Sea Turtles of Isla De La Plata

Sea turtles are one of the main attractions of the Isla De La Plata tour. Hundreds of tourists look forward to arriving at Drake Bay to watch turtles gather around the boat giving them one of the most amazing spectacles of their lives. Some rush to submerge their GoPros in the water in hope of catching an underwater glimpse of this ancient creature of the sea, while others prefer to take pictures them from the top of the vessel to get a wider perspective.

However, it was not always like this. Only 5 years ago, sea turtles were rarely seen at Drake Bay, Isla De La Plata. So what was caused this increase in sea turtle numbers in such a short time?

For year, captains from Isla De La Plata vessels would rush straight to the island and barely slow down until they reached Drake Bay. If they were asked by tourists or guides to slow down because of potential collisions with sea turtles, they would respond with “sorry, we need to arrive as soon as possible”. Captains did not much care about the sea turtles, as they were not tourist attractions and slowing down was considered a waste of their time. Luckily for the turtles, this was about to change in a drastic way.

 

Machalilla National Park hired a new manager, who ordered the park rangers to be alert of speeding vessels near Isla De La Plata and to enforce speed limits that had long been in place. The fining of a single vessel is all it took to begin to see a change in vessels navigating these waters.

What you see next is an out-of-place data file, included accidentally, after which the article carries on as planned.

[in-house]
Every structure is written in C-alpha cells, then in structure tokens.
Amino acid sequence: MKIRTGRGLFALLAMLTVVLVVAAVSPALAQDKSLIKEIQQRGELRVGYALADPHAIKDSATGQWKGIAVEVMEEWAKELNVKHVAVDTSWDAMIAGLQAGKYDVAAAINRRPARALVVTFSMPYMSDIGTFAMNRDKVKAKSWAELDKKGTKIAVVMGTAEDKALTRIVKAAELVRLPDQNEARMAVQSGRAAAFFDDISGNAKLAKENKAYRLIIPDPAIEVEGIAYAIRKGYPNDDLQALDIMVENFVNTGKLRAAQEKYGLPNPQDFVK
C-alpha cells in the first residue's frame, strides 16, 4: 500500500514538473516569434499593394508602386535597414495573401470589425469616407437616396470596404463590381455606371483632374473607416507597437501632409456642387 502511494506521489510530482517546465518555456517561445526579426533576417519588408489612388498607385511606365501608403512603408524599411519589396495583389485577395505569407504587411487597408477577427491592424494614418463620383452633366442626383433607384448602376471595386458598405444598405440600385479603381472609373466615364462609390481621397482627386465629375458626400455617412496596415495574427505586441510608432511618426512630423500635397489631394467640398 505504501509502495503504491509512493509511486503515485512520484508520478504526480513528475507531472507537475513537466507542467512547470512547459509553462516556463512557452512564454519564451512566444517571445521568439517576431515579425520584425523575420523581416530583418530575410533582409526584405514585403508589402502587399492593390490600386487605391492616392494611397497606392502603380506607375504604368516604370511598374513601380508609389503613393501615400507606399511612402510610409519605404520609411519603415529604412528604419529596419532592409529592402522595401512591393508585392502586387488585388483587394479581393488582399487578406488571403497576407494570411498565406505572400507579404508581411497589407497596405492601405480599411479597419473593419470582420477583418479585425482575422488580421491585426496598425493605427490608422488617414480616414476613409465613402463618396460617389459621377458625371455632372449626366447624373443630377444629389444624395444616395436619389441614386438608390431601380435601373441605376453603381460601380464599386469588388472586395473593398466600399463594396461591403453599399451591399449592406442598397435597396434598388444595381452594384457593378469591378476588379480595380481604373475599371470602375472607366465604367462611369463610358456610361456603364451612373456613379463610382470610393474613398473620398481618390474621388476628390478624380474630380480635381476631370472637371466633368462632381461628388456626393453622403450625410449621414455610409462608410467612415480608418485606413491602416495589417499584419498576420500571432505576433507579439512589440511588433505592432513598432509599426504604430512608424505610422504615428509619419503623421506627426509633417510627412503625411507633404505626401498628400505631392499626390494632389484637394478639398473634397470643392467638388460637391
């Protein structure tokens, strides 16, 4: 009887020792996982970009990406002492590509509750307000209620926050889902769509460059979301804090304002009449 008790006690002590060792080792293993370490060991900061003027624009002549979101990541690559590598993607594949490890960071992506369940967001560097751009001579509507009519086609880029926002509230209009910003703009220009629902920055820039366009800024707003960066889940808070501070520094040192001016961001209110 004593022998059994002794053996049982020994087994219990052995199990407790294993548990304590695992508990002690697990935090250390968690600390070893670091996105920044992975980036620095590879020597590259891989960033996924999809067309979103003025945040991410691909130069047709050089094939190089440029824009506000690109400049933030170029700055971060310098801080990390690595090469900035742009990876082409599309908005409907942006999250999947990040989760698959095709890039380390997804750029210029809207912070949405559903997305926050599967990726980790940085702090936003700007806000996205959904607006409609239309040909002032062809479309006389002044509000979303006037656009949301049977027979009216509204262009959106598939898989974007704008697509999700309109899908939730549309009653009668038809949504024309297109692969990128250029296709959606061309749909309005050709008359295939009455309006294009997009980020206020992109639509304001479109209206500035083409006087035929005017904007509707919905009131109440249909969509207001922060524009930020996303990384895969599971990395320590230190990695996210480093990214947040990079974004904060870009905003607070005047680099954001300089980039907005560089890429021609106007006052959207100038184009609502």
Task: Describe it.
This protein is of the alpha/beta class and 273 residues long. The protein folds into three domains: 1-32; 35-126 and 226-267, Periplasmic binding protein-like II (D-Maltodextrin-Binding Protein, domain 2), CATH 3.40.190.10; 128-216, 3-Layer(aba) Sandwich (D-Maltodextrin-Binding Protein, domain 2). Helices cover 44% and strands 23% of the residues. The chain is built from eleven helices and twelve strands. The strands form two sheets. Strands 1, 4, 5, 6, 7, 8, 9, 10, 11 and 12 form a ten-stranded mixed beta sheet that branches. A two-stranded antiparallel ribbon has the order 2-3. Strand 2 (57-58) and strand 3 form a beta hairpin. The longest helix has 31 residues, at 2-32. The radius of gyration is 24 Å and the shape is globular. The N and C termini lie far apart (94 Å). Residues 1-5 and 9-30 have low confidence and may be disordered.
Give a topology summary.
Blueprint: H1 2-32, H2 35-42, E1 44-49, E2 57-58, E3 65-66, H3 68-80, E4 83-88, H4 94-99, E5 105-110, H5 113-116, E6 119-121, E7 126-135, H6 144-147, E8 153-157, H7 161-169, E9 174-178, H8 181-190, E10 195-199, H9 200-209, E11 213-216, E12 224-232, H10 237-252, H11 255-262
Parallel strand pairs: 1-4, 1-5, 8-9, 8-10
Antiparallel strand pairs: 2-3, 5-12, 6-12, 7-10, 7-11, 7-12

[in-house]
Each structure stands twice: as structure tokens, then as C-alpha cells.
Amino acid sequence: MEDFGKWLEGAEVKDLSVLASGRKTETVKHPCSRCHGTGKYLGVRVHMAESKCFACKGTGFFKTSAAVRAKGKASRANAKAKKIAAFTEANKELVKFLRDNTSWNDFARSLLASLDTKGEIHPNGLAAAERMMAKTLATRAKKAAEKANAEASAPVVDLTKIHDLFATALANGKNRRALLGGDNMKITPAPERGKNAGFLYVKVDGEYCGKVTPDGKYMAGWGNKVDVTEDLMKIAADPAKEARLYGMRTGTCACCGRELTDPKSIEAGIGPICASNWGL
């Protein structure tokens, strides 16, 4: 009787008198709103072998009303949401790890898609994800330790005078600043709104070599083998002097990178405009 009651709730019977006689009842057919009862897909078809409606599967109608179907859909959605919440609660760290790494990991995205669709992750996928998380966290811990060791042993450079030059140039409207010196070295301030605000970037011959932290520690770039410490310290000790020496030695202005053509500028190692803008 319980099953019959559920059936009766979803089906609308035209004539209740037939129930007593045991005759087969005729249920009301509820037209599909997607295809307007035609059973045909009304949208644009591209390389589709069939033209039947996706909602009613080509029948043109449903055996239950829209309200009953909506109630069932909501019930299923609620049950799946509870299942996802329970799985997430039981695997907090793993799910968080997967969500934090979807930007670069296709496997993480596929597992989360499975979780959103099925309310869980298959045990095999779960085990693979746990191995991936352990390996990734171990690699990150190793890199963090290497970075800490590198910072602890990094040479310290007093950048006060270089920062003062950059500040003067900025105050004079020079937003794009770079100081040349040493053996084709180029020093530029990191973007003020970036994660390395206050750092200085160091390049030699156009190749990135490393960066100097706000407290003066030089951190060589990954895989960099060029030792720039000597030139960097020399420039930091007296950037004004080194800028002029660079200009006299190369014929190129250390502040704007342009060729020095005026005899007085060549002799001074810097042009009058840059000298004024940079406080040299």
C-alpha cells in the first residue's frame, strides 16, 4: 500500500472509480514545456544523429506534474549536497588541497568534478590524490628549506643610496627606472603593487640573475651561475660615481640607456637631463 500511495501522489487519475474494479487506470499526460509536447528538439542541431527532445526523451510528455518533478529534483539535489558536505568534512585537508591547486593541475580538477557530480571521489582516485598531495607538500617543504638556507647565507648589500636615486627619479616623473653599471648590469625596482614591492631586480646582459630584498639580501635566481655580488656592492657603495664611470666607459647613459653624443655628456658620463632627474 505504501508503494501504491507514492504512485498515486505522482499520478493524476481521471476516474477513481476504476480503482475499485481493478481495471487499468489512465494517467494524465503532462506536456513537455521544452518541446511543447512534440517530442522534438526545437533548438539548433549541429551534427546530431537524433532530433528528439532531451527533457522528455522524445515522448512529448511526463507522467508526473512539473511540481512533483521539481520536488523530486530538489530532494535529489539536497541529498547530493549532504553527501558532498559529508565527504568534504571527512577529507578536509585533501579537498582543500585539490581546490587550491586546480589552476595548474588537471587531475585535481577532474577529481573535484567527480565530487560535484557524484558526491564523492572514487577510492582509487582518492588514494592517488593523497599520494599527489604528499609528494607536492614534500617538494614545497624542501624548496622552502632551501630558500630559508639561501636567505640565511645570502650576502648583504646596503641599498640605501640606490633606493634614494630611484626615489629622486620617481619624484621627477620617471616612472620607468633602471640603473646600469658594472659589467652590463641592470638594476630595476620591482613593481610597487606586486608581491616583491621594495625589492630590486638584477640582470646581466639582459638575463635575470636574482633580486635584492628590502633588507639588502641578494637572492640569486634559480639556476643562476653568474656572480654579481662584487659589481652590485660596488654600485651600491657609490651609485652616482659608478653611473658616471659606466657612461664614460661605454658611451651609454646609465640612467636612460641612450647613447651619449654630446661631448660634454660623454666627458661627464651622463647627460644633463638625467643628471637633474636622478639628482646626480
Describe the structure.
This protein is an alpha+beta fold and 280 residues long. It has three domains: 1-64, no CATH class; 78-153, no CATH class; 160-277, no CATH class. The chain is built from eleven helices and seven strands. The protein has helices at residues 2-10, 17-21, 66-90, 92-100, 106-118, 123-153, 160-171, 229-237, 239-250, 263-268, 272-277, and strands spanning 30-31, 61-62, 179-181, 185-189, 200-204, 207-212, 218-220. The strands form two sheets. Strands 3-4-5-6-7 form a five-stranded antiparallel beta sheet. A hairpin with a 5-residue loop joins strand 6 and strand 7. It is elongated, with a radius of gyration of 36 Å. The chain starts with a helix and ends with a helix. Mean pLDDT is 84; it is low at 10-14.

At first, captains were a little reluctant to abide by the enforced regulations, but with time and the increasing numbers of sea turtles catching the tourists’ attention, they themselves started to sympathize with this wonderful animal.

Today, sea turtles can be easily be found in big aggregations around Isla De La Plata. The population seems to be thriving and the turtles have become a major feature in Isla La Plata tours. Sea turtles have not only stolen our hearts, but also those of the boat captains, who once did not care about them at all. Now when a captain is asked to hurry to the island they respond with: “no, the turtles need us to slow down to ensure their safety”.

Las Tortugas Marinas En La Isla De La Plata

Las tortugas marinas son una de las atracciones principales del tour a la Isla de la Plata, y cada año cientos de turistas esperan al momento de verlas rodear el bote y darles uno de los más increíbles espectáculos de sus vidas cuando llegan a Bahía Drake. Algunos se apresuran a sumergir sus Gopros en el agua con la esperanza de vislumbrar bajo el agua a estas criaturas ancestrales del mar, mientras otros prefieren tomarles fotografías desde la parte superior del bote para obtener una amplia imagen de su presencia.